Stock awards, such as stock options or stock grants, are occasionally paid in addition to, or in lieu of, annual retainers and committee fees. Because most outside directors do not own a great deal of company stock, their stock ownership can be increased by providing shares instead of increasing fees. BCE, for example, pursues this route by converting directors’ fees into shares until the threshold of 10,000 common shares.
Retirement pension plan: A very limited number of companies also offer retirement pension plan for their directors. . According to a 2007 Spencer Stuart report, only two of the largest 100 companies in Canada (e.g., Abitibi-Consolidated and ATCO) provide a retirement pension plan for their directors. However, according to its 2007 Management Proxy Circular, Abitibi-Consolidated had not extended this plan to directors who joined the board after April 20, 2000.
4. Costs of DSUs
How much do DSUs cost large corporations in Canada? Because costs are essentially a function of assumptions, it is not easy to provide a precise answer. Consultants’ estimates vary, depending mainly on whether the corporations in question are the largest 100 or the largest 237 (TSX Benchmark Index firms).
Although there are different approaches to cost estimates, the most relevant approach for DSUs is the one that can readily determine what the value of the DSUs would be today, if the director wanted to sell them. In other words, we are talking about the current economic costs for DSUs, that is, the stock price at the grant date. So, it is fairly straightforward to find out the total costs of DSUs for each director on a company’s board. However, the cost of DSUs for directors is not specifically disclosed in proxy statements; it is combined with other DSUs—presumably for executives—and typically revealed in a footnote in the company’s annual financial statements.
According to a study by Patrick O’Callaghan and Associates, and Korn/Ferry International, directors at Canada’s largest public corporations received an average of $45,454 worth of shares or DSUs as part of their compensation in 2004. They received $32,210 in 2003 (McFarland, J. 2006. Why it pays to be in the boardroom. Globe and Mail, January 16, B1). According to a 2007 Spencer Stuart report, median stock compensation for a director of one of the 100 largest corporations in 2007 was $57,112. Of these two estimates, Spencer Stuart’s appears to be relatively conservative, given that its median dollar amount is based on the 100 largest corporations, and that too, in a survey done 3 years later. Therefore, caution has to be exercised in interpreting the costs of DSUs.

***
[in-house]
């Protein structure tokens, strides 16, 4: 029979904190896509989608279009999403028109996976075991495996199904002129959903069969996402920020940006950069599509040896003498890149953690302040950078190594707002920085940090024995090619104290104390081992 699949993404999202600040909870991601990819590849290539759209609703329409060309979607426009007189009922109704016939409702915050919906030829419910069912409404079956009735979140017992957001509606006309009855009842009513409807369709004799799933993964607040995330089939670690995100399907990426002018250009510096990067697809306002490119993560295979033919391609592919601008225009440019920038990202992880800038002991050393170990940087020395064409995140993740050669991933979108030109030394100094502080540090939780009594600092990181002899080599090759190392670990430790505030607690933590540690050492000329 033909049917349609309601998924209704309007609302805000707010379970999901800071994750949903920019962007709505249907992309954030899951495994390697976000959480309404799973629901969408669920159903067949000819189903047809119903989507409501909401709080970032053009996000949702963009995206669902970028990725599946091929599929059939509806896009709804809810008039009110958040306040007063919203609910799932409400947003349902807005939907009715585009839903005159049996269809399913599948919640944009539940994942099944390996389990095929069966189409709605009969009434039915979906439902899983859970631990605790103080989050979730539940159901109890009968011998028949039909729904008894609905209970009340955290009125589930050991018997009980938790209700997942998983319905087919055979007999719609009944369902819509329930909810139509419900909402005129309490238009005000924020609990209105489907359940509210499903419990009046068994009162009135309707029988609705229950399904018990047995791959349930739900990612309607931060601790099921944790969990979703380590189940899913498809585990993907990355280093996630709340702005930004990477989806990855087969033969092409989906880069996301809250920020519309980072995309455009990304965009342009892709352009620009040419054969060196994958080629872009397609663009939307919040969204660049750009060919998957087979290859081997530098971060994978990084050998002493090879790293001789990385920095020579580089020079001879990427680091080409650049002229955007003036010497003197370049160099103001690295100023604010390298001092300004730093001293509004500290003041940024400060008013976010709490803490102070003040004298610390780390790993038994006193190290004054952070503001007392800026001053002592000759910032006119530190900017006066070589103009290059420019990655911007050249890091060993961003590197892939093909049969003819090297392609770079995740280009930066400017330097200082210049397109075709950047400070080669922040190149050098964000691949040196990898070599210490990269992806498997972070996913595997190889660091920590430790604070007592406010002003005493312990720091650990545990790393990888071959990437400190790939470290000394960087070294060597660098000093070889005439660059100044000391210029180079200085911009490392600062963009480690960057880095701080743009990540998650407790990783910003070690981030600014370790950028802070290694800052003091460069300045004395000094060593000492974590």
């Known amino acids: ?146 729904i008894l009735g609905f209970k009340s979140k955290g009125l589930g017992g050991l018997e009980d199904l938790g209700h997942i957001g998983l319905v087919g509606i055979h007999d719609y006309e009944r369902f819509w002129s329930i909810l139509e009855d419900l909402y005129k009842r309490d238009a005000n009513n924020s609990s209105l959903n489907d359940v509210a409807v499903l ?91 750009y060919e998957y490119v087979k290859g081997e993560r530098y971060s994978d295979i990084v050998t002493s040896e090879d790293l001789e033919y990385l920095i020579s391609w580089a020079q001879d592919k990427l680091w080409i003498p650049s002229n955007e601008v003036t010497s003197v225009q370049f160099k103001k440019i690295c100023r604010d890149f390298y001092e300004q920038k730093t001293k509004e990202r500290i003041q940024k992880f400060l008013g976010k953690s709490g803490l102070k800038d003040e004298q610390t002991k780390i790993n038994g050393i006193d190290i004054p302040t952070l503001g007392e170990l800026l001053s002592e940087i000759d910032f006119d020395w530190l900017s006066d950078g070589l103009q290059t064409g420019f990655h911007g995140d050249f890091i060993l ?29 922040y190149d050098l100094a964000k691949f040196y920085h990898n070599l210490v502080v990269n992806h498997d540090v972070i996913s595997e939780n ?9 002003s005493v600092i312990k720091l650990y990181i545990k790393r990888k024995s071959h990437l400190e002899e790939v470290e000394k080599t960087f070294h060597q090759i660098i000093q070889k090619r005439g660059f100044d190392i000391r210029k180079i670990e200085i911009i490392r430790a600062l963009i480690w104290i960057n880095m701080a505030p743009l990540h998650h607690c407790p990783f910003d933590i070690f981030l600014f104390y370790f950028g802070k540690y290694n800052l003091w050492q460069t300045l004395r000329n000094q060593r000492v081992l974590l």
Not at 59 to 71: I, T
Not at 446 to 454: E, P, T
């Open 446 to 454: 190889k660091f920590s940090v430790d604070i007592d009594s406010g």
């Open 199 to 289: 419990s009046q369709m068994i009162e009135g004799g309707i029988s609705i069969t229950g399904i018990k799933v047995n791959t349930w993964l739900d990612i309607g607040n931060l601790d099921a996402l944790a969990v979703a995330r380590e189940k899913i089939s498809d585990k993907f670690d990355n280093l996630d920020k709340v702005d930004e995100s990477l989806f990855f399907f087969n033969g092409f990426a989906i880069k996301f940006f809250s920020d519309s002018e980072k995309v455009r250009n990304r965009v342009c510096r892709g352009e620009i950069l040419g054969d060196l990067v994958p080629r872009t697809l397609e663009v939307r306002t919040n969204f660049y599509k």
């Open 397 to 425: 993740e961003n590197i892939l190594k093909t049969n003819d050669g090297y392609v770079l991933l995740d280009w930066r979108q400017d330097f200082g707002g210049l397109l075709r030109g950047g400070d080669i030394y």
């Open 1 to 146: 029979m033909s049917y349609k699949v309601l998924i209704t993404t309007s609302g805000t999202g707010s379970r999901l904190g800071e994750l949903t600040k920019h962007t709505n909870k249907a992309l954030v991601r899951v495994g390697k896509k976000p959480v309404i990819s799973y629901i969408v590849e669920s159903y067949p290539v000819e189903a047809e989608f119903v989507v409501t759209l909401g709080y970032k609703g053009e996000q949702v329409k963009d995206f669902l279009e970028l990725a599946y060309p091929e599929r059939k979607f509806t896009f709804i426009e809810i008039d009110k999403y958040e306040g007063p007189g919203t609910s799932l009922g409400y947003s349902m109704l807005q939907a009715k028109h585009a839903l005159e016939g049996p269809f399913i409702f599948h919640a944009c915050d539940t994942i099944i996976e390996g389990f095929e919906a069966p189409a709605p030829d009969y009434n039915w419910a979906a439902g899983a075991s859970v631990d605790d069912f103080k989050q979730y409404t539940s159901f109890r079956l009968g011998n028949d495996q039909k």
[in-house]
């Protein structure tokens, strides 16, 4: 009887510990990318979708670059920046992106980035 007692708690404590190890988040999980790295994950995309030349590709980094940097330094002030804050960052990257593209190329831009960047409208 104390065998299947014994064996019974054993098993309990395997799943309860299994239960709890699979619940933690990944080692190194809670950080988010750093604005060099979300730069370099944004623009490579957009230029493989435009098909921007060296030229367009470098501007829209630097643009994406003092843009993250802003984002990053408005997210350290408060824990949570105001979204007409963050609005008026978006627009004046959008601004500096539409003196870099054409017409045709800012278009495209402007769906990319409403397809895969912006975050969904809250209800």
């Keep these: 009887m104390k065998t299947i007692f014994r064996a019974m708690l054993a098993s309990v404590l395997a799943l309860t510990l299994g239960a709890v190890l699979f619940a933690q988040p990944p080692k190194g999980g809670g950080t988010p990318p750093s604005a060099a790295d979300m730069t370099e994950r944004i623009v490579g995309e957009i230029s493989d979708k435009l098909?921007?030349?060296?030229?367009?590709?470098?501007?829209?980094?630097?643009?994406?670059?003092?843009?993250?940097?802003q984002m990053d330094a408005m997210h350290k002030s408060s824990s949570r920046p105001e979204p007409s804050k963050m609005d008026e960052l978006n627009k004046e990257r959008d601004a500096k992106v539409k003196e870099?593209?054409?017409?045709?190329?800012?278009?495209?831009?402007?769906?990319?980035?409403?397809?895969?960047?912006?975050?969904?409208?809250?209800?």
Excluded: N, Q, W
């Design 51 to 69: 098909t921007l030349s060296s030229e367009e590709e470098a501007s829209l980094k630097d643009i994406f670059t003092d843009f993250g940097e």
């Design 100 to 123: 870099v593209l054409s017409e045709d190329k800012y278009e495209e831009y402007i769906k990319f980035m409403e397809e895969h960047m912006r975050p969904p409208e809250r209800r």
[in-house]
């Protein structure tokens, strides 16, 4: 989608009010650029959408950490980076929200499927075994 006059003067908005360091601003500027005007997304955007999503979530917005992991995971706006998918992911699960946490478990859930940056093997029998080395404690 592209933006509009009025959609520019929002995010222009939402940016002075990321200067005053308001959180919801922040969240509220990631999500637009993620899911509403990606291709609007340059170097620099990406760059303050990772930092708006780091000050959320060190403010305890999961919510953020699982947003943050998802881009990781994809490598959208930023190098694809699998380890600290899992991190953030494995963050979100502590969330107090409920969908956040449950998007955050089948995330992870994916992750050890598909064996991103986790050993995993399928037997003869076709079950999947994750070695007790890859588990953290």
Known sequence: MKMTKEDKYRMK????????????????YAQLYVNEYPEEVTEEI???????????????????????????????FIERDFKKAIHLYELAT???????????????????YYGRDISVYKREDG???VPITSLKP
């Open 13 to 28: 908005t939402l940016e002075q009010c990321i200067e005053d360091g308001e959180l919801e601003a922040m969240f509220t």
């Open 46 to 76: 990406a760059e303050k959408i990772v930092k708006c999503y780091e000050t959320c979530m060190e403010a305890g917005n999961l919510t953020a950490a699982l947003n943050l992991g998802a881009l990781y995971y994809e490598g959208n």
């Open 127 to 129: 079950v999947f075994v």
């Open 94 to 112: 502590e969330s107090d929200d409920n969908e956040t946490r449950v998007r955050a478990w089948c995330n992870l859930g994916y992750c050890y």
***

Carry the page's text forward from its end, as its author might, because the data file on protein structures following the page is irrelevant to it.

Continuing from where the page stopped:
Director compensation has become an increasingly important issue in Canada and the United States. There appears to be two opposing views on the subject. One camp maintains that directors are given too much money for what they do, while the other believes that they are underpaid. Consensus is building around the second camp. In fact, an increase in director compensation is occurring already. It is also clear that a change in the composition of the compensation package is also taking place. Stock options, once so popular, are becoming less so. In their place, companies are compensating their directors by awarding deferred stock units. Because DSUs serve as an instrument for eliminating the potential for conflict of interests between shareholders and directors, such a development seems desirable for better governance of our large corporations.
Acknowledgment: The author acknowledges financial support from the Institute for Governance of Private and Public Organizations (IGPRO) in Montreal. The author is indebted to Michel Nadeau, Executive Director, IGPRO, for his input and support for the project.